Once more, he'd be shot, grazed across the cheek. Another close call. Nineteen people were wounded. Ka'nard was no longer just a victim; he was now a symbol of the toll violence takes on children in American cities.
Beating Back Violence
"I wonder what must go through that young boy's mind. He must really be questioning what kind of existence this is for him," says Ronal Serpas, superintendent of the New Orleans Police Department.
Serpas says he's pleased with the progress his detectives have made this year, busting up street gangs with sweeping indictments.
"It is making a difference. It's way too early to claim victory ... But these young men are watching this. There's no question in my mind about it," he says. "And I think that's partially responsible for why we're seeing a reduction in murder this year — greater than we've seen in a very long time. And we're already into December now. And murders are down just under 20 percent."
Still, violence remains prevalent in New Orleans' poorest neighborhoods, and it's not just here. According to the most recent FBI statistics, homicides were up nearly 10 percent last year in American cities with populations between a half-million and a million people.
'They Don't See Sunshine'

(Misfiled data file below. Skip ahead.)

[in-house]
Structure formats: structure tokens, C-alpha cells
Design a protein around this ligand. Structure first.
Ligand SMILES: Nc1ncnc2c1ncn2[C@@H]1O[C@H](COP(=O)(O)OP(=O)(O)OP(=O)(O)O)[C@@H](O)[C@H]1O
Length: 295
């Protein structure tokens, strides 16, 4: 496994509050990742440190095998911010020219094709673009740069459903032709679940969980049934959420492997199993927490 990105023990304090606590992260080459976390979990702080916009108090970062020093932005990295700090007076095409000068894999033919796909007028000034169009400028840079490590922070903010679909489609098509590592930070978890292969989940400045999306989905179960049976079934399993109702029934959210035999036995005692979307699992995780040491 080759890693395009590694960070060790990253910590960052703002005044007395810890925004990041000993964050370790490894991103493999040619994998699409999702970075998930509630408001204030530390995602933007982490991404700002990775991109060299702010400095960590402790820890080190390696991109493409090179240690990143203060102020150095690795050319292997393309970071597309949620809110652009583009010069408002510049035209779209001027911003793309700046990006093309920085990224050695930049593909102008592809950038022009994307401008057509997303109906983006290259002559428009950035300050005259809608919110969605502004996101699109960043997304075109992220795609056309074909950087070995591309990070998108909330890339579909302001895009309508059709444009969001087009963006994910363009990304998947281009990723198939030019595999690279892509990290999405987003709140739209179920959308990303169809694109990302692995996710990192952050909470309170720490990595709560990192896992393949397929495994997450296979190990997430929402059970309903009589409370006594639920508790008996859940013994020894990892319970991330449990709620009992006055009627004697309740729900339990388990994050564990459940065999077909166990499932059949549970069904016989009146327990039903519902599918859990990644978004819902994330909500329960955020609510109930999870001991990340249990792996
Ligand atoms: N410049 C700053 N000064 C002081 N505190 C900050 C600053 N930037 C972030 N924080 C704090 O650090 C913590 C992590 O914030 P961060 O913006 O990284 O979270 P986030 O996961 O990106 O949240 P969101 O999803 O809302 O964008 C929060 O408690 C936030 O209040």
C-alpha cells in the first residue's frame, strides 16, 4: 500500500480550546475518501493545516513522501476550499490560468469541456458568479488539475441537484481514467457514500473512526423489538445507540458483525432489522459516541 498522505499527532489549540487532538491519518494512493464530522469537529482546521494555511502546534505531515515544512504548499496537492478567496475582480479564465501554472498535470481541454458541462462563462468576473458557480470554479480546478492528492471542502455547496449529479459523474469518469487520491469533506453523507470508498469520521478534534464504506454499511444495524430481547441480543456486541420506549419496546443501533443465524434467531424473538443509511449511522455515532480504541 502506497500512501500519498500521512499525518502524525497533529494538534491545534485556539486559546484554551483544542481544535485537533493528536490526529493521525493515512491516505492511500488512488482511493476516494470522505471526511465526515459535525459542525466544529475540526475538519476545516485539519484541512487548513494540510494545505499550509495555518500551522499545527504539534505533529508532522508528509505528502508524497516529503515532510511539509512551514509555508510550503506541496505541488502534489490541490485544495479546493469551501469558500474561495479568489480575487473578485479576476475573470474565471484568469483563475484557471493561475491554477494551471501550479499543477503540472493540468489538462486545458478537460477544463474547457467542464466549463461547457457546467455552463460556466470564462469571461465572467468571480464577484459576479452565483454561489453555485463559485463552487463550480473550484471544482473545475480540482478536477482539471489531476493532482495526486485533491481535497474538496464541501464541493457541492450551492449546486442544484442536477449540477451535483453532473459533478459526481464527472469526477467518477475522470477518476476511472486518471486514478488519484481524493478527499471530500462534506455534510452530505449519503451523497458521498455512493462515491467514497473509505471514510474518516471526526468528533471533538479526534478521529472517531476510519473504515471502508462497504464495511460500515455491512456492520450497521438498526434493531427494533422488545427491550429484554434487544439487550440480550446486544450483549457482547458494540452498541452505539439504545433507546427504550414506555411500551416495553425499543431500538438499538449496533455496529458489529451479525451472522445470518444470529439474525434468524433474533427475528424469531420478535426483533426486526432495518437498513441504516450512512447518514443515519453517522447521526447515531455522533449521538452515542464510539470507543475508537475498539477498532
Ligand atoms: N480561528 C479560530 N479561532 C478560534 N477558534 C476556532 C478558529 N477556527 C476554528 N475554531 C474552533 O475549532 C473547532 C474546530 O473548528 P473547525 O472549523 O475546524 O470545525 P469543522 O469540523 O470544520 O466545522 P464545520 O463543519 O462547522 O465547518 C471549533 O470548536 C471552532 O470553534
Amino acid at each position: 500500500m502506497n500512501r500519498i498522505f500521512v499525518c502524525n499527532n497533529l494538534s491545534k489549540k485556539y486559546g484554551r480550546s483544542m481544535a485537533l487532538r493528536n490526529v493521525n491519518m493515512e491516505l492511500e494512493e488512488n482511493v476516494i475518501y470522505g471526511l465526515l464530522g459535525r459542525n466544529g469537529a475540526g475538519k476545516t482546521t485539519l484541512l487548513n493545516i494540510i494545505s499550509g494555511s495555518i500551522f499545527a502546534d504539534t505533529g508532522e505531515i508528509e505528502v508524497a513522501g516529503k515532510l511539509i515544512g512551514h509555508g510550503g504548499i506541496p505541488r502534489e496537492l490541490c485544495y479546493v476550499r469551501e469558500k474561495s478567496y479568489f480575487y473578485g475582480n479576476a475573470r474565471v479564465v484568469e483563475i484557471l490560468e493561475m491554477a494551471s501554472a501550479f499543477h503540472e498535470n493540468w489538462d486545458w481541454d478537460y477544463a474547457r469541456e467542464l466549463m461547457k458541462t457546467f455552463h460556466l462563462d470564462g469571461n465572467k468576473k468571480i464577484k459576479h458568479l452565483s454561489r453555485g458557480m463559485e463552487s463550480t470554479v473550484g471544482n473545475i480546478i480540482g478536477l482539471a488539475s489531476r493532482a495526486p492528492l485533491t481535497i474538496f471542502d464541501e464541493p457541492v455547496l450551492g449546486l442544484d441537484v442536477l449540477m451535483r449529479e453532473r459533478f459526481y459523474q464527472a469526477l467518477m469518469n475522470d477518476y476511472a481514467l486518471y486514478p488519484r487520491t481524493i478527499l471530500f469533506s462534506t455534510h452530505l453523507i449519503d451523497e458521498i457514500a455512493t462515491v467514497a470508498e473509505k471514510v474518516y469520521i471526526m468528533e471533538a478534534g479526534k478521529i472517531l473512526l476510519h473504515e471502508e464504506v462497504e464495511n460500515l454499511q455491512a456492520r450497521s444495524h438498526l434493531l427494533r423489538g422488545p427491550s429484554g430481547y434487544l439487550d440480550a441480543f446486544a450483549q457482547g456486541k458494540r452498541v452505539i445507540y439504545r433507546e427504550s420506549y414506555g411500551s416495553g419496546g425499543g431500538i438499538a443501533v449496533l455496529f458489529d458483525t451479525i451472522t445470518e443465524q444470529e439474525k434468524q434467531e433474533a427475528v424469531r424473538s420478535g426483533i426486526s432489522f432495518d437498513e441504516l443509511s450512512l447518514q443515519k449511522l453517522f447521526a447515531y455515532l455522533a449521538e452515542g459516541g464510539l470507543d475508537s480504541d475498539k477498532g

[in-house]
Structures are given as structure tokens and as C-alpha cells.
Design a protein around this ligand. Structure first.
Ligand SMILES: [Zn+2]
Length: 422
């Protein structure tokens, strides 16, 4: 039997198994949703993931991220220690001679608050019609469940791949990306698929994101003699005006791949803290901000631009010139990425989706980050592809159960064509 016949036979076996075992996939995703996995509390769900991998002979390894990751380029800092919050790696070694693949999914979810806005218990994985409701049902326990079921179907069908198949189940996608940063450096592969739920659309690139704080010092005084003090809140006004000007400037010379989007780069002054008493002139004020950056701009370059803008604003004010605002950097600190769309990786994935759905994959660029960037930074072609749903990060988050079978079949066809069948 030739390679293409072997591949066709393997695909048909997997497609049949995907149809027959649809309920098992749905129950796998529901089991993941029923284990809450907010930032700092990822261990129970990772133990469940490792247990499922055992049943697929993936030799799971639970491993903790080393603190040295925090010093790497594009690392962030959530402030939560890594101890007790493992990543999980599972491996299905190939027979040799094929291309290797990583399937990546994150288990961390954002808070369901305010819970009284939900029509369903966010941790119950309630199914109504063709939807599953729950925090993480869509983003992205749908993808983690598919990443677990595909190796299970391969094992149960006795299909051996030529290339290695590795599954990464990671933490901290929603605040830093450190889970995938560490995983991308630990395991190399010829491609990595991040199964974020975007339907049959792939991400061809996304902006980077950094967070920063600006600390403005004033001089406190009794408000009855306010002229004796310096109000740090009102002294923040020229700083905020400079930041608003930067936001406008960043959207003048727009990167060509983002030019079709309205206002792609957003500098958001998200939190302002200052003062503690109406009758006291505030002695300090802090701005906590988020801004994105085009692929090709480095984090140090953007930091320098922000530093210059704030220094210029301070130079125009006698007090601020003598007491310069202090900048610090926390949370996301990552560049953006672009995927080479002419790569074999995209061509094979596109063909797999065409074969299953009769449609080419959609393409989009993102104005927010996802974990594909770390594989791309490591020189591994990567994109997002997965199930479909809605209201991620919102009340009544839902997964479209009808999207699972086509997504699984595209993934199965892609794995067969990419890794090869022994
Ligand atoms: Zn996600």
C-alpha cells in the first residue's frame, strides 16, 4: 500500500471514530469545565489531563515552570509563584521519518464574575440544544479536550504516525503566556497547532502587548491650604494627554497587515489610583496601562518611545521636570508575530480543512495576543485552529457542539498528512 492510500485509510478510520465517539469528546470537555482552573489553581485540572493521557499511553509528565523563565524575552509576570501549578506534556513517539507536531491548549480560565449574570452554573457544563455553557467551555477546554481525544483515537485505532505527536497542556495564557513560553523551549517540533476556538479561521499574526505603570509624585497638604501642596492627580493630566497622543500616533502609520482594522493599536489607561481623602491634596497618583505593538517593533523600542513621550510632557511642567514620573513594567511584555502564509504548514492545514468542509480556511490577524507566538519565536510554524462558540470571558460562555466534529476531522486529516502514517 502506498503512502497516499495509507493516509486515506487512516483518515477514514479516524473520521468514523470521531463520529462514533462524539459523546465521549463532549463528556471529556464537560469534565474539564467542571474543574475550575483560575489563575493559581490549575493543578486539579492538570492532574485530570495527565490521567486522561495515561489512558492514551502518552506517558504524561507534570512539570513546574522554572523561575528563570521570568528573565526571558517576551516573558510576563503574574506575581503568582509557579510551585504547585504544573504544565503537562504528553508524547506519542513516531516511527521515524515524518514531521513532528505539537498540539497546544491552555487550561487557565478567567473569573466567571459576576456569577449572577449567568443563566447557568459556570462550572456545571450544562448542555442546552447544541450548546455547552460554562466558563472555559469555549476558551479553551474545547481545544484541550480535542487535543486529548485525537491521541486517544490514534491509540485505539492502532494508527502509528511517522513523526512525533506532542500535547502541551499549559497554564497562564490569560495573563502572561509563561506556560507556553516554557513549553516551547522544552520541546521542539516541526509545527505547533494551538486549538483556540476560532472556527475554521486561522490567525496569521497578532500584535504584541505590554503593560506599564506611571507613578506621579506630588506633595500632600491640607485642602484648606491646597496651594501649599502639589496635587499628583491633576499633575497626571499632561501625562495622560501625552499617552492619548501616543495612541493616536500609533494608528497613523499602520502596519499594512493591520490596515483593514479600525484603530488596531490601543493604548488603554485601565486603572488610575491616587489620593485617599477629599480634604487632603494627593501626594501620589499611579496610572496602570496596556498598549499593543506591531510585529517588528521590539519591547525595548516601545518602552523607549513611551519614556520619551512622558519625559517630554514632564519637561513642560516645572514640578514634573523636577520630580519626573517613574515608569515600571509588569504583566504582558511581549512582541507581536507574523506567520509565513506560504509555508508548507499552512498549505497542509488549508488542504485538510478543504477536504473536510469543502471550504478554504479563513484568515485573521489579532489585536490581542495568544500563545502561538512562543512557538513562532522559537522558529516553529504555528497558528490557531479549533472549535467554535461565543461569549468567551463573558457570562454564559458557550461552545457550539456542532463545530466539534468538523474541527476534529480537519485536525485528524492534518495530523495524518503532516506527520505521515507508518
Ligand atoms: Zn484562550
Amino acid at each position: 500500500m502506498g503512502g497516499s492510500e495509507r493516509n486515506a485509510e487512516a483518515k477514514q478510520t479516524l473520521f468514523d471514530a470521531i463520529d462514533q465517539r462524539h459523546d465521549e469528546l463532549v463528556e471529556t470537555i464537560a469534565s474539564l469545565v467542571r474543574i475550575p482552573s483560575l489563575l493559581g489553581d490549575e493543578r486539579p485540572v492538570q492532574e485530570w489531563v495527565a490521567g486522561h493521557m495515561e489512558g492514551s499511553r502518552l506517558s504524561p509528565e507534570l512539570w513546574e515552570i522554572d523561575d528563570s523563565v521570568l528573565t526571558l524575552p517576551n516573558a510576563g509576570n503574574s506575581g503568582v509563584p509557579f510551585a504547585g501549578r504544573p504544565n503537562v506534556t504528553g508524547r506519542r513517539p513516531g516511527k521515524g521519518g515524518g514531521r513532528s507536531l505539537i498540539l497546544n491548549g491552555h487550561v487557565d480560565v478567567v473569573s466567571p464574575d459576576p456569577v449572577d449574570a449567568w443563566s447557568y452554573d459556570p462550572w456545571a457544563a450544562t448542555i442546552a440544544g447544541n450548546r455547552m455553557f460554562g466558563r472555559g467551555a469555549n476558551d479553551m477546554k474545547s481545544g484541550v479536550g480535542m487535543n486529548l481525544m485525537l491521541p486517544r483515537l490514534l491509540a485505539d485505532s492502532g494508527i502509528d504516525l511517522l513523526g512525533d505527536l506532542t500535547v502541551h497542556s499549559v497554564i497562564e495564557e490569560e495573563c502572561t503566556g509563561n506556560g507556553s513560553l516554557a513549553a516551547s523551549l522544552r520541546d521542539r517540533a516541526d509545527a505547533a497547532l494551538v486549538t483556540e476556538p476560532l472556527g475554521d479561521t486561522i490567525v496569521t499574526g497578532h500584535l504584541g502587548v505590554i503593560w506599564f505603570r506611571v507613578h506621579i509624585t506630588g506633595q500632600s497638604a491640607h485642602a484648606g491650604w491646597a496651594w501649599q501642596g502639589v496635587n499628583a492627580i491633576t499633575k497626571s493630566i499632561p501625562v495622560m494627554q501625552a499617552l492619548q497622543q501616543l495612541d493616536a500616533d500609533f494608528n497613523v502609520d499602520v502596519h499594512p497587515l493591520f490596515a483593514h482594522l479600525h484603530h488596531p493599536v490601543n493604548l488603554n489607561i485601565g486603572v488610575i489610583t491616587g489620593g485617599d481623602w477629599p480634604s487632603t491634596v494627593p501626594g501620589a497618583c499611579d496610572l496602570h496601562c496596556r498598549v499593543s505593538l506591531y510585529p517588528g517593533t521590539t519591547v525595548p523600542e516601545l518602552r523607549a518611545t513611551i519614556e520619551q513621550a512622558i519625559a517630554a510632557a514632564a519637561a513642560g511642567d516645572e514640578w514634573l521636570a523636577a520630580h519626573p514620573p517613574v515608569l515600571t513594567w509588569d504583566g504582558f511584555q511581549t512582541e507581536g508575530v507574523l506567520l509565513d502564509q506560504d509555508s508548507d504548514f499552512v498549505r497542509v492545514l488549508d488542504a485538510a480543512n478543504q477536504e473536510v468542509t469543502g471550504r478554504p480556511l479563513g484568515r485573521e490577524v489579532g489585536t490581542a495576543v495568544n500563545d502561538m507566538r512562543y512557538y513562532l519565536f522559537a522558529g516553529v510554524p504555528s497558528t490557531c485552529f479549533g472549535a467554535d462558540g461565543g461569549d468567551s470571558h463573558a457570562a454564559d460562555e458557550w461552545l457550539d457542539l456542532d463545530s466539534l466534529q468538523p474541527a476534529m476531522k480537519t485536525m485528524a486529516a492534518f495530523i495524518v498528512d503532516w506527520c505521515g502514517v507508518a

The bullets, inevitably, seem to find a child. And lately in New Orleans, there's been a spate of tragedies: an 11-year-old girl killed by stray bullets in her home; a 1-year-old girl shot to death in her nanny's arms; and a 7-month-old boy shot in the head while riding in a car with the intended target, his father.
"It's heart-wrenching. It's a tear-jerker, and it happens every day," says Wanda Ballier, supervisor of Louisiana's multi-systemic-therapy program in New Orleans.
Ballier and her therapists help all sorts of kids, but their clients often have one thing in common: violence in or near the home.
"They don't see hope; they don't see sunshine," she says. "They don't see bright colors. They don't see yellows and oranges and pinks and blues. They see browns, grays, blacks."
Children living in violent neighborhoods are prone to both depression and aggression. And they often struggle in school. But then, what child in these circumstances wouldn't be distracted? In recent months, Ballier has worked with a 16-year-old boy who's been shot multiple times.
"He's healing. And we're supporting him and his family, and he is motivated to go back to school. He's motivated to beat the system, to be a success," she says. "To me, he said, 'Ms. Ballier, I'm gonna make my mom proud' ... And I say, 'You've already made her proud.' "